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@Giarc
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@Giarc
Voted ![setup.jpg](&yBV4hJmZjXs1cNz51v3q42gh8P3UavP7a0F+51OEm28=.sha256) Scuttleb
@Giarc
Voted ![bikeway.jpg](&eTasxumcH8TYzni5zvjTf6gP4cD85zXAA/k5+nu5gN8=.sha256) Amazi
@Giarc
Re: %TnEdNtKor

@nanomonkey I like the following method of making charcoal using stainless gastronorm containers with loose lids in a fire stove. https://www.youtube.com/watch?v=jxBUqk2M3Y8

biochar gastronorm.png

This research indicates when composted (activated/charged) that biochar forms a thin 200 nanometer organic coating composed of:

composted charcoal.jpg

When repeatedly flushed its pores then released nitrates making it act like a slow-release organic fertilizer. Nitrogen fixing microbes living on the 200 nanometer organic surface and soil surrounding likely recharge those pores given enough moisture:

biochar nitrate slow release.jpg

Other studies I've read show when applied to soil surfaces it lasts only tens to hundreds of years, and only thousands when buried where the soil is more anaerobic and the biochar is less likely to be preferentially eroded due to it's low bulk density.
Another study on wild fires showed that forests were nitrogen and phosphorus limited after them. And because of it's low density charcoal becomes concentrated in low points in landscapes when it rains.

The most interesting finding for me was how Terra Preta topsoil is being harvested and then left alone and found to grow back. I've theorised that so long as the subsurface biochar content didn't drop below the point where plants stop carbon priming the soil, then the plants would regenerate the soil carbon quickly, making it seem like the biochar was growing back by making deep dark soils again.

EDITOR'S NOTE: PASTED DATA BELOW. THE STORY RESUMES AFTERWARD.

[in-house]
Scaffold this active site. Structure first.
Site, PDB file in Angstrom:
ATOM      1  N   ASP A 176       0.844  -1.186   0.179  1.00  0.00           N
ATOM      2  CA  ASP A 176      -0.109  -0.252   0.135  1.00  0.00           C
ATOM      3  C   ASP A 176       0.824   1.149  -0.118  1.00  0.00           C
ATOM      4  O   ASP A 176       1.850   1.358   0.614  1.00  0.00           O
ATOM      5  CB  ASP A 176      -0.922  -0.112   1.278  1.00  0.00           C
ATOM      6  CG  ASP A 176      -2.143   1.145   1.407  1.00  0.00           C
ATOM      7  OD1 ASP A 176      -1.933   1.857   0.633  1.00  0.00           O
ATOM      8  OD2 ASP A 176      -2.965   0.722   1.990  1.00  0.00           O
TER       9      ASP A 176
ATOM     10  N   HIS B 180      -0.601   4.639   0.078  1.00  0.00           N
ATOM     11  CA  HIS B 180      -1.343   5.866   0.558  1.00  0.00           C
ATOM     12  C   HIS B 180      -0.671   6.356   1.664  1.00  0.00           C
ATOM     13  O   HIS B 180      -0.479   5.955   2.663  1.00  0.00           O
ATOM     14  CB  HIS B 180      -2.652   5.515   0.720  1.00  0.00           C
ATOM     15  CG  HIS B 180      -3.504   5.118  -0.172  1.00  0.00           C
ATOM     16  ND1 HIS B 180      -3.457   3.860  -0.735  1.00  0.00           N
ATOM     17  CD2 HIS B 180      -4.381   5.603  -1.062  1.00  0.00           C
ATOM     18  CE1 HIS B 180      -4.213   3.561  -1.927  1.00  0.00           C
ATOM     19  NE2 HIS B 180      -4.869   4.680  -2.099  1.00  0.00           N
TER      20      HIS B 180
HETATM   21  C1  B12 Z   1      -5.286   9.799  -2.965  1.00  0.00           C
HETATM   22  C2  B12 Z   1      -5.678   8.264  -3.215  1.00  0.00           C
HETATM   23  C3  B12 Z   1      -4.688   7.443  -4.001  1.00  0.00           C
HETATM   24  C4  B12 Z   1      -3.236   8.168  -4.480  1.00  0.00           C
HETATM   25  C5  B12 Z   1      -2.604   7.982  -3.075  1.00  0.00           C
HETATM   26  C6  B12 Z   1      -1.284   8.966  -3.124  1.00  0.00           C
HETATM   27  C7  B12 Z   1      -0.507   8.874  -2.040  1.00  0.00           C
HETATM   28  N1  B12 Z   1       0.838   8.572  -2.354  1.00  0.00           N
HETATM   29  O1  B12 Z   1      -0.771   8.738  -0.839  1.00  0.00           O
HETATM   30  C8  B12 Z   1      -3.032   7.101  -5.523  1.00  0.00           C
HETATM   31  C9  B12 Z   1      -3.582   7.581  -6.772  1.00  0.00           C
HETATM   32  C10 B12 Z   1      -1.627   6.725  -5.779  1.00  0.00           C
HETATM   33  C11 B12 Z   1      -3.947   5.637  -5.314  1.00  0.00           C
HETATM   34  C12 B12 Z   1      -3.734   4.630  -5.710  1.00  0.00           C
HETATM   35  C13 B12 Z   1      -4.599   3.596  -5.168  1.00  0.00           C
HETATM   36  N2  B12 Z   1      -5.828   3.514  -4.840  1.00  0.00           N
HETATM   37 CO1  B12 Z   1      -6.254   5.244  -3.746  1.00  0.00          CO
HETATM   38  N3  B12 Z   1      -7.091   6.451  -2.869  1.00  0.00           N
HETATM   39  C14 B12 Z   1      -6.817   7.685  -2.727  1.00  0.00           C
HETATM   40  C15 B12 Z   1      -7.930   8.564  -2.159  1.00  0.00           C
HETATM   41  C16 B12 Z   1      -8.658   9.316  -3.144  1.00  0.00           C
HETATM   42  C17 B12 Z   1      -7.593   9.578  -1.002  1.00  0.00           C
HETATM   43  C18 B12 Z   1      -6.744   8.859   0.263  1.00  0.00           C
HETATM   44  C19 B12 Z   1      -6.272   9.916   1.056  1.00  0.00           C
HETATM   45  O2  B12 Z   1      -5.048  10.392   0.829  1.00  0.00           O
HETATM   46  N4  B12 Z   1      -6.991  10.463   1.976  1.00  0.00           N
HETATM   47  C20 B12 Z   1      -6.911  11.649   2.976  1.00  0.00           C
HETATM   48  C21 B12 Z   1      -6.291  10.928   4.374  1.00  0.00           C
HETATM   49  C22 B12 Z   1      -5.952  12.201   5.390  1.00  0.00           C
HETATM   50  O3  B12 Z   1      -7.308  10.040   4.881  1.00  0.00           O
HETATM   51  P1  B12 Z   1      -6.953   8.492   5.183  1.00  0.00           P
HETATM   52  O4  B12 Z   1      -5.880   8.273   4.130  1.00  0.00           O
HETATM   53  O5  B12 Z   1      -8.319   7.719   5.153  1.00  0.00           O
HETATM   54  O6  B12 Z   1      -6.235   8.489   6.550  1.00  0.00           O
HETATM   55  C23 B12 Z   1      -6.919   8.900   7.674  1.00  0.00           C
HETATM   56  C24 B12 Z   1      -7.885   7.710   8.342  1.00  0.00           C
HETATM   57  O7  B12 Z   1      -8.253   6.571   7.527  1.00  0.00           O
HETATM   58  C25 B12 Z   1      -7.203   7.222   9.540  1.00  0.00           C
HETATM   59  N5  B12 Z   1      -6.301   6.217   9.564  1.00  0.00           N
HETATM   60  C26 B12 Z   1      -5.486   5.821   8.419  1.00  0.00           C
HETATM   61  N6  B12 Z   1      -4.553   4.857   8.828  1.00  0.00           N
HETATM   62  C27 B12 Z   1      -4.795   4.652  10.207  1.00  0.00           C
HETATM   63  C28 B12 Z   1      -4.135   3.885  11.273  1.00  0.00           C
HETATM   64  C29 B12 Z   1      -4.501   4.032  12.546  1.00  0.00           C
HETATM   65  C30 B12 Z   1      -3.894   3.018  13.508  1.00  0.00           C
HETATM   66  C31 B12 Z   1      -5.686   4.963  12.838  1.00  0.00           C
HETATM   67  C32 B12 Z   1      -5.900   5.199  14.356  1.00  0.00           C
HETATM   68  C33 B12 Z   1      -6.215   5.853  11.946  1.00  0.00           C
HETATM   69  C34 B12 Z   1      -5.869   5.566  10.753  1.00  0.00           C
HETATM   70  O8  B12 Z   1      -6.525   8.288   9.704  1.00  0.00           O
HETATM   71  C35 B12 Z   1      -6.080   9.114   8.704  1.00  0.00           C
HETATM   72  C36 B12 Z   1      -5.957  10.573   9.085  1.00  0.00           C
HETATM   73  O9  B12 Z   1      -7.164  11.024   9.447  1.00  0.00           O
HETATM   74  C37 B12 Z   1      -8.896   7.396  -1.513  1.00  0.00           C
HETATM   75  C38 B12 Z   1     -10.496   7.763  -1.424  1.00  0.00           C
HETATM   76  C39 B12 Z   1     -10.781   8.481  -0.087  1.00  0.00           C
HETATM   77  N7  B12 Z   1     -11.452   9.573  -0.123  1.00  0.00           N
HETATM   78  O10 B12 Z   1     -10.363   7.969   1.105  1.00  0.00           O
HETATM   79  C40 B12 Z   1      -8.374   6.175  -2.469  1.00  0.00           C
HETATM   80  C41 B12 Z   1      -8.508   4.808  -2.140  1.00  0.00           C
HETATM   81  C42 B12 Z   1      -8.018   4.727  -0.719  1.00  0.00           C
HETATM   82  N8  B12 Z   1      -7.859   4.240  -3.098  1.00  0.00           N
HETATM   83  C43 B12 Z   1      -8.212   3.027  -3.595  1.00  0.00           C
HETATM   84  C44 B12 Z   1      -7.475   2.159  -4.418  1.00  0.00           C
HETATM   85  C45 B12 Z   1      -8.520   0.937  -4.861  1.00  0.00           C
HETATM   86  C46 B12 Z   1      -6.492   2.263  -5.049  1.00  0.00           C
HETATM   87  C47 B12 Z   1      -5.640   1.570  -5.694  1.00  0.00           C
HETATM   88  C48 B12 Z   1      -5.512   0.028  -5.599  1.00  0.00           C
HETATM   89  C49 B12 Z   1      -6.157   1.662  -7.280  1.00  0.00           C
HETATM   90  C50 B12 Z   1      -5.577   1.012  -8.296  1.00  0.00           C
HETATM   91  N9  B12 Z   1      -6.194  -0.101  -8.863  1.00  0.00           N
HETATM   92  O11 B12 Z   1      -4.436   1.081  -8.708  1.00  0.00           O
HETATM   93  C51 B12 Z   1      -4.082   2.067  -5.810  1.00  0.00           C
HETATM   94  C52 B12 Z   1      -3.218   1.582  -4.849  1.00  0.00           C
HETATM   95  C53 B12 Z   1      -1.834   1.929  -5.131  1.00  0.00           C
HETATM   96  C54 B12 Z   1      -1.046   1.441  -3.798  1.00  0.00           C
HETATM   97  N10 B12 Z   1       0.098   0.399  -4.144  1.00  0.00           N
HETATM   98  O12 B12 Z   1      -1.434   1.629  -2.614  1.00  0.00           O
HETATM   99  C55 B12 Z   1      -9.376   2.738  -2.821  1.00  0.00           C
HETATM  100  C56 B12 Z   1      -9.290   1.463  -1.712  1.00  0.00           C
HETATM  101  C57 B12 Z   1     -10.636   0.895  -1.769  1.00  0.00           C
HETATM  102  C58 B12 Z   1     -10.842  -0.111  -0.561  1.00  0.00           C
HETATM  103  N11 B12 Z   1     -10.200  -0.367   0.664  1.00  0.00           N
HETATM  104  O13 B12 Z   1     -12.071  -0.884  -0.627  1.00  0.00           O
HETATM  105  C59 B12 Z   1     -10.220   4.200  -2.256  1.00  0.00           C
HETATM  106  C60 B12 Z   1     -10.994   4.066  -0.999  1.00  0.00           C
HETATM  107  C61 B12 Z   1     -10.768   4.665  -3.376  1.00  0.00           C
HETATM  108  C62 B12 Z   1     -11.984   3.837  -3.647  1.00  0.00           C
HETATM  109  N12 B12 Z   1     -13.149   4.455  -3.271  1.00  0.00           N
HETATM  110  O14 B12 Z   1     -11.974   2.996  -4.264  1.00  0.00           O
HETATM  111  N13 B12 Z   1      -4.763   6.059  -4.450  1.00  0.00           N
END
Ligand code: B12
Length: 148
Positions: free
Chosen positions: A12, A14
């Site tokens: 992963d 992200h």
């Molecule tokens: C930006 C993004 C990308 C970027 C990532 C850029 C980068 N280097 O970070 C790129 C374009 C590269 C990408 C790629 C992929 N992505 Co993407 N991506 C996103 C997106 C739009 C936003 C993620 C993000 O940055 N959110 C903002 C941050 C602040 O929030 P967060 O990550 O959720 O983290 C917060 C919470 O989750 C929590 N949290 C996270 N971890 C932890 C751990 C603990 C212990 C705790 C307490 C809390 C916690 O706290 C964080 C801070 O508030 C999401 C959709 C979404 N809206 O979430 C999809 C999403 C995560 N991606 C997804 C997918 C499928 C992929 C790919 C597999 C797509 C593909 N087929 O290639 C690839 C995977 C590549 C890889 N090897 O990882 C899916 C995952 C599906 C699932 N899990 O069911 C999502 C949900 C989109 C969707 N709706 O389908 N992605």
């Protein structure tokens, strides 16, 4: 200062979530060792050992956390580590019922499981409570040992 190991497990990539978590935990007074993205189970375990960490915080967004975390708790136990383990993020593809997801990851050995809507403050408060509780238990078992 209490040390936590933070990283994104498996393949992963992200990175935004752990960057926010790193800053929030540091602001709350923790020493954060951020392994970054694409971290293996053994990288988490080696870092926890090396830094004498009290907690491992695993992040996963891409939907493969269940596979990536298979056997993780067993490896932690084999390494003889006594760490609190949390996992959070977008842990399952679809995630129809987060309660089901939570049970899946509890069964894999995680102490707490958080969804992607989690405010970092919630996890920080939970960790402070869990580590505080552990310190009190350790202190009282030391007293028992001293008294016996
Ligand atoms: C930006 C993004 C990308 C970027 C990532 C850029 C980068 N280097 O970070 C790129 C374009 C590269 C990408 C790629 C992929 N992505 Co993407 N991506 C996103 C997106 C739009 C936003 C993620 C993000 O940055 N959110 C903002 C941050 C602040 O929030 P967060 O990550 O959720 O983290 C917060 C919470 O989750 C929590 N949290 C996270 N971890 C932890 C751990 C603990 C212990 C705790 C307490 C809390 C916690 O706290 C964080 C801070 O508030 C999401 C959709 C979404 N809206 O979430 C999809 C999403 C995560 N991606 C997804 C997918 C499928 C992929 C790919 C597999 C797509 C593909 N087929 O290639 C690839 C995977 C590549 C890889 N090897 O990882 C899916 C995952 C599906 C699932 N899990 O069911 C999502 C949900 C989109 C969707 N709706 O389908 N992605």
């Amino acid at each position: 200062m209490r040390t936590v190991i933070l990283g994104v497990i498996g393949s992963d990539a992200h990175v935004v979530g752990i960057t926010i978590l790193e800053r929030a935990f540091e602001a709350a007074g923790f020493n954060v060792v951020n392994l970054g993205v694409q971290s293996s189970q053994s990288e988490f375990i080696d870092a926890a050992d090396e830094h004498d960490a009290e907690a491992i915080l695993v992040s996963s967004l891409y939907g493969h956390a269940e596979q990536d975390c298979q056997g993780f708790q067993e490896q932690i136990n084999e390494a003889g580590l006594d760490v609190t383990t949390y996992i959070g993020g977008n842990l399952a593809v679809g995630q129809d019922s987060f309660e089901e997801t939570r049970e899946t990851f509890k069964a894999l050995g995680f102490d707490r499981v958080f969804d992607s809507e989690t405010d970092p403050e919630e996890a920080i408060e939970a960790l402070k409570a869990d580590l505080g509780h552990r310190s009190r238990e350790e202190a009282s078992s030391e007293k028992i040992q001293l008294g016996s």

Here's one Australian example of adding raw aged-charcoal at 1.5% to a pasture soil surface with an existing soil organic carbon of 3.5%. It took 9 years to see priming effects from the charcoal. If that charcoal had been composted I imagine it would have been much faster.

biochar 3.5.jpg

@Giarc
Re: %QkcYO7rmL

When there's a strong rain storms in the spring, you have a double problem:

The rain quickly melts the snow

The ground is still frozen, so the rain and melt water immediately finds it's way to lakes and rivers without being significantly slowed down by ground absorbtion.

Thanks @Ben, that's quite interesting, I've never spent much time in snowy alpine regions here in Australia to see that, but we get something similar when we've had dry periods and then rain storms where the water sheets off rather than soaks into the soil and can lead to flooding.

@Giarc
Voted [@Giarc](@gslfzChyXwRD4A1iJ5a88gi0JmphVXyQeb77fXXj2mo=.ed25519) In our case
@Giarc
Voted @Giarc, thanks for the link and the graph. If going by the graph alone, it
@Giarc
Voted Great post. For me there has been nothing as faith restoring, eye and hear
@Giarc
Re: %QkcYO7rmL

@Ben I watch Wildly Intrepid Sailing out of Canada that were on Lake Erie in May during the ice melt when there was a storm and flood and the water raised 6 foot flooding their marina. Ice also crashed into the breakwall forming ice mountains, that was interesting. Life is like sailing is another one I watch just moved north of 60 but without a boat at the moment. The ice trees were really interesting. They also mentioned the Annual Snow King Festival with ice sculptures melted and had to be closed a month early. I guess all the snow melted a lot faster or earlier this year and the warmer moist atmosphere is bringing more storms?

@Giarc
Voted Big shout out to [@Aljoscha](@zurF8X68ArfRM71dF3mKh36W0xDM8QmOnAS5bYOq8hA=.

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